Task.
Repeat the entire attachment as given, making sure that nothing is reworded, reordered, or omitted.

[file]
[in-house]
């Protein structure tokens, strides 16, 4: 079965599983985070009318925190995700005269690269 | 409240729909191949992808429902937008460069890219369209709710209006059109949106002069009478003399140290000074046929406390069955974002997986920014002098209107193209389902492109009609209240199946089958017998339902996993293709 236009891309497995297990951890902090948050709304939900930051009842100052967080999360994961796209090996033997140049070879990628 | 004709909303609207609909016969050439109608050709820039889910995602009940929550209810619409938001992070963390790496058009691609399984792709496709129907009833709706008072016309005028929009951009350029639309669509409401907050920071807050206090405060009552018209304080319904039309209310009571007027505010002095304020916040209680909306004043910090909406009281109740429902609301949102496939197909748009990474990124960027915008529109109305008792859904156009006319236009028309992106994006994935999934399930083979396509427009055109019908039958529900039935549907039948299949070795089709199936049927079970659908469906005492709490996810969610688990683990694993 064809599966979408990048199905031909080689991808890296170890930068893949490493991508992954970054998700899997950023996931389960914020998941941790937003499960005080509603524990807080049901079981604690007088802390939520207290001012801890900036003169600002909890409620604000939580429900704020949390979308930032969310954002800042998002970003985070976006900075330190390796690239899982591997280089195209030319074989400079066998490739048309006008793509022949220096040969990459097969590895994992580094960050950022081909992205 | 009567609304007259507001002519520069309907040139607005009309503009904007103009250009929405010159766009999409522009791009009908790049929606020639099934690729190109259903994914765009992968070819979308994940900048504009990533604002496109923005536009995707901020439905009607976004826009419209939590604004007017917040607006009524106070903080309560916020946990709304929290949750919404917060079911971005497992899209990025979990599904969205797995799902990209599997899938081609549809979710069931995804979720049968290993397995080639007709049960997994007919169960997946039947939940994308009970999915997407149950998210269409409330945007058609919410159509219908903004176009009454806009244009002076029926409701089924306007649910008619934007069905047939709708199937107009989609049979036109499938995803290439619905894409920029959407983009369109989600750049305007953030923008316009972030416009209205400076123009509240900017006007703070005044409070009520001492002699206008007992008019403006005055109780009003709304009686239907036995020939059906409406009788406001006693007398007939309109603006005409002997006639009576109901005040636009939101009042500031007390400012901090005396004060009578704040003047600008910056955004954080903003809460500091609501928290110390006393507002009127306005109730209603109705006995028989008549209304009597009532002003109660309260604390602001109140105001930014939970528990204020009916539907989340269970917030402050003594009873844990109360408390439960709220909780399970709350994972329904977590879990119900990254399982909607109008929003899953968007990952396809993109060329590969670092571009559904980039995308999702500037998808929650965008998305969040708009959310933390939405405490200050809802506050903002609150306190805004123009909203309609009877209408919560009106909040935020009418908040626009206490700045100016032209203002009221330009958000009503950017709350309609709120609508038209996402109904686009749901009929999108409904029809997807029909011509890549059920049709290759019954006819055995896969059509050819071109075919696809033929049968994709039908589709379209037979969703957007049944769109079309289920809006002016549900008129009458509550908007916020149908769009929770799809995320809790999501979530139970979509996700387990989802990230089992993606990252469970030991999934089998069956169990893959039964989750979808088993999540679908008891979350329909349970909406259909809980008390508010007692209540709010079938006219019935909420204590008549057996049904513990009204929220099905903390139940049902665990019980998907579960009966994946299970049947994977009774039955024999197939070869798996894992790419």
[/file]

[in-house]
């Protein structure tokens, strides 16, 4: 079965599983985070009318925190995700005269690269 | 409240729909191949992808429902937008460069890219369209709710209006059109949106002069009478003399140290000074046929406390069955974002997986920014002098209107193209389902492109009609209240199946089958017998339902996993293709 236009891309497995297990951890902090948050709304939900930051009842100052967080999360994961796209090996033997140049070879990628 | 004709909303609207609909016969050439109608050709820039889910995602009940929550209810619409938001992070963390790496058009691609399984792709496709129907009833709706008072016309005028929009951009350029639309669509409401907050920071807050206090405060009552018209304080319904039309209310009571007027505010002095304020916040209680909306004043910090909406009281109740429902609301949102496939197909748009990474990124960027915008529109109305008792859904156009006319236009028309992106994006994935999934399930083979396509427009055109019908039958529900039935549907039948299949070795089709199936049927079970659908469906005492709490996810969610688990683990694993 064809599966979408990048199905031909080689991808890296170890930068893949490493991508992954970054998700899997950023996931389960914020998941941790937003499960005080509603524990807080049901079981604690007088802390939520207290001012801890900036003169600002909890409620604000939580429900704020949390979308930032969310954002800042998002970003985070976006900075330190390796690239899982591997280089195209030319074989400079066998490739048309006008793509022949220096040969990459097969590895994992580094960050950022081909992205 | 009567609304007259507001002519520069309907040139607005009309503009904007103009250009929405010159766009999409522009791009009908790049929606020639099934690729190109259903994914765009992968070819979308994940900048504009990533604002496109923005536009995707901020439905009607976004826009419209939590604004007017917040607006009524106070903080309560916020946990709304929290949750919404917060079911971005497992899209990025979990599904969205797995799902990209599997899938081609549809979710069931995804979720049968290993397995080639007709049960997994007919169960997946039947939940994308009970999915997407149950998210269409409330945007058609919410159509219908903004176009009454806009244009002076029926409701089924306007649910008619934007069905047939709708199937107009989609049979036109499938995803290439619905894409920029959407983009369109989600750049305007953030923008316009972030416009209205400076123009509240900017006007703070005044409070009520001492002699206008007992008019403006005055109780009003709304009686239907036995020939059906409406009788406001006693007398007939309109603006005409002997006639009576109901005040636009939101009042500031007390400012901090005396004060009578704040003047600008910056955004954080903003809460500091609501928290110390006393507002009127306005109730209603109705006995028989008549209304009597009532002003109660309260604390602001109140105001930014939970528990204020009916539907989340269970917030402050003594009873844990109360408390439960709220909780399970709350994972329904977590879990119900990254399982909607109008929003899953968007990952396809993109060329590969670092571009559904980039995308999702500037998808929650965008998305969040708009959310933390939405405490200050809802506050903002609150306190805004123009909203309609009877209408919560009106909040935020009418908040626009206490700045100016032209203002009221330009958000009503950017709350309609709120609508038209996402109904686009749901009929999108409904029809997807029909011509890549059920049709290759019954006819055995896969059509050819071109075919696809033929049968994709039908589709379209037979969703957007049944769109079309289920809006002016549900008129009458509550908007916020149908769009929770799809995320809790999501979530139970979509996700387990989802990230089992993606990252469970030991999934089998069956169990893959039964989750979808088993999540679908008891979350329909349970909406259909809980008390508010007692209540709010079938006219019935909420204590008549057996049904513990009204929220099905903390139940049902665990019980998907579960009966994946299970049947994977009774039955024999197939070869798996894992790419």